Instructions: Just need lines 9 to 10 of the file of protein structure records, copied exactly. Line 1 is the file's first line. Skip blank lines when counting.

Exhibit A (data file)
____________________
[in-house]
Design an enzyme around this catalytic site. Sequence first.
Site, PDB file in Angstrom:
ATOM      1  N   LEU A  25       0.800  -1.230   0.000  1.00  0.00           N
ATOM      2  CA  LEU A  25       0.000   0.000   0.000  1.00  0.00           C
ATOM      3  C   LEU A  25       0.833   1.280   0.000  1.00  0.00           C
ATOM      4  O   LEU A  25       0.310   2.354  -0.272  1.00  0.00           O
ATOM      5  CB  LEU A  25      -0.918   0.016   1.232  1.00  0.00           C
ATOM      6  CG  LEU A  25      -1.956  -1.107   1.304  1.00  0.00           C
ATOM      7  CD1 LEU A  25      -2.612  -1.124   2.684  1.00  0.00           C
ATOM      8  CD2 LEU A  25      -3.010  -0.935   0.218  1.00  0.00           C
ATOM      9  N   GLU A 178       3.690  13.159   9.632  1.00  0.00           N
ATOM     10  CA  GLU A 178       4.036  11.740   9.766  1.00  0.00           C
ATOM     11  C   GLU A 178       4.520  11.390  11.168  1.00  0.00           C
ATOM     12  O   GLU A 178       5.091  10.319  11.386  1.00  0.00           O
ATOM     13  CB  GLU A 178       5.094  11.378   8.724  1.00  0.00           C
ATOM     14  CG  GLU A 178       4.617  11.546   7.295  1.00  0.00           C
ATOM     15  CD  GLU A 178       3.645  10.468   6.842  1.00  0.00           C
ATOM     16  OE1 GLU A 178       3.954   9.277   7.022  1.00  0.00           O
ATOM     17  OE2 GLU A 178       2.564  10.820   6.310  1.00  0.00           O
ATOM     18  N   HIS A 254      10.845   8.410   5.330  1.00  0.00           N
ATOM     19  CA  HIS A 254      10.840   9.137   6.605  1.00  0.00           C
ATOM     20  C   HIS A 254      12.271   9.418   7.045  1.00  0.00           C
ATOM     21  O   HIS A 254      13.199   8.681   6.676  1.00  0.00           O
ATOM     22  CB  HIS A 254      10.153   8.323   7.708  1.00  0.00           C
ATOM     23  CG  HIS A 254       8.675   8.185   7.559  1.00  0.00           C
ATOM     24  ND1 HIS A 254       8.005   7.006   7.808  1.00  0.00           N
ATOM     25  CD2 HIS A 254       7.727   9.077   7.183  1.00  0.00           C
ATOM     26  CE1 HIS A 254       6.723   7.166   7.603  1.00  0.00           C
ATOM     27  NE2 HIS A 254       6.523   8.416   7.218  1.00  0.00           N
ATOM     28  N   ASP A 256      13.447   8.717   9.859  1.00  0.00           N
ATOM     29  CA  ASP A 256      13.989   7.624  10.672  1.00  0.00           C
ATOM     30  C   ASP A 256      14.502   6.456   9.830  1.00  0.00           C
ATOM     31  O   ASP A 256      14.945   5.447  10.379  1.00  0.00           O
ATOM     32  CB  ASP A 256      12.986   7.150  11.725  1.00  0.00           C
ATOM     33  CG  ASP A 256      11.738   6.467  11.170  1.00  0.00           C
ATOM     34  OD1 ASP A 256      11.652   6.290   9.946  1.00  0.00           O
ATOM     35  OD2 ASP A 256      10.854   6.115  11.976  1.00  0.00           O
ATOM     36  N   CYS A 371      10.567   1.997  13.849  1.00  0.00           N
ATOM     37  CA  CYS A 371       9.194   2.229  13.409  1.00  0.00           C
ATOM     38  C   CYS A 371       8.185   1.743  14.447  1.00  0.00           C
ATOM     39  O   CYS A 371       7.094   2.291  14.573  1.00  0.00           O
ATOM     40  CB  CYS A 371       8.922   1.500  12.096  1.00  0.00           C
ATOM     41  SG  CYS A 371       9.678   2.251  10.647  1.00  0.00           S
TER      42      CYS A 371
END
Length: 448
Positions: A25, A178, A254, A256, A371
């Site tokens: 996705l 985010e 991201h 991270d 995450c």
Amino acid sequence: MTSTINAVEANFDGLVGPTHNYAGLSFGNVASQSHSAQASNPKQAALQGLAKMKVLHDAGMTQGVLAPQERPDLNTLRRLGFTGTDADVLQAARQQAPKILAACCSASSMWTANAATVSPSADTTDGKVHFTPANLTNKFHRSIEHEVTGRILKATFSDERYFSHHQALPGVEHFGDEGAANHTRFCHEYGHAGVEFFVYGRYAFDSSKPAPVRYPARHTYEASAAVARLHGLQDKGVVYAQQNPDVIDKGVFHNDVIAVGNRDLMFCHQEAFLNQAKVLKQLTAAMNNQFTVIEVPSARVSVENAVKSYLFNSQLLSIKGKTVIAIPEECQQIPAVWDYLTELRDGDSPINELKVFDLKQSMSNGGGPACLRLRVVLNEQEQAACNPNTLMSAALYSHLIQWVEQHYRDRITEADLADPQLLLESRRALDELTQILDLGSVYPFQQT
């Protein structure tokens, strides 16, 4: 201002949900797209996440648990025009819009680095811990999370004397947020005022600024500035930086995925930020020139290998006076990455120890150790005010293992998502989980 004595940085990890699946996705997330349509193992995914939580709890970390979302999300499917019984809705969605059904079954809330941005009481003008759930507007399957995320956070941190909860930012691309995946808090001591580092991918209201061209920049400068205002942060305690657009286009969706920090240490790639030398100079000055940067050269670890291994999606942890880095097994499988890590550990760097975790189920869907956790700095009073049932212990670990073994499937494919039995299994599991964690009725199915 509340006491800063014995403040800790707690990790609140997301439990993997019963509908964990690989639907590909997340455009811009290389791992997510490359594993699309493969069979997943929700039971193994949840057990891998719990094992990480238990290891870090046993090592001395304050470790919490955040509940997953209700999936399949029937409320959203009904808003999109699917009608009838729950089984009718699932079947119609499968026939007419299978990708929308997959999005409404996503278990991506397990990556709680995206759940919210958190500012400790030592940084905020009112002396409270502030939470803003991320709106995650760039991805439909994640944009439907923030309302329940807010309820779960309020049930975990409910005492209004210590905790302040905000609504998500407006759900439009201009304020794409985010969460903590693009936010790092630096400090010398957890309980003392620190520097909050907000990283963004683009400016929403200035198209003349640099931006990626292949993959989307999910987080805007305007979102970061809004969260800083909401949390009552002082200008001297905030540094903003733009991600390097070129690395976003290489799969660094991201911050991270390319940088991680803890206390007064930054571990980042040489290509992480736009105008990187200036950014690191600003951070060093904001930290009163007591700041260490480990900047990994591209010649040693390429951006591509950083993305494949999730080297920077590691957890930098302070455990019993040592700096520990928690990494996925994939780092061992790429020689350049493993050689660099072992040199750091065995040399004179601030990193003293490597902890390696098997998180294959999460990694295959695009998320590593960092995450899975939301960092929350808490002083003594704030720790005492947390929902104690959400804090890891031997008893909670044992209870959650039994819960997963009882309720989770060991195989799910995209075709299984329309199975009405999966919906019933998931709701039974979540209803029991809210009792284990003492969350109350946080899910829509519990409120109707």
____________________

ATOM      6  CG  LEU A  25      -1.956  -1.107   1.304  1.00  0.00           C
ATOM      7  CD1 LEU A  25      -2.612  -1.124   2.684  1.00  0.00           C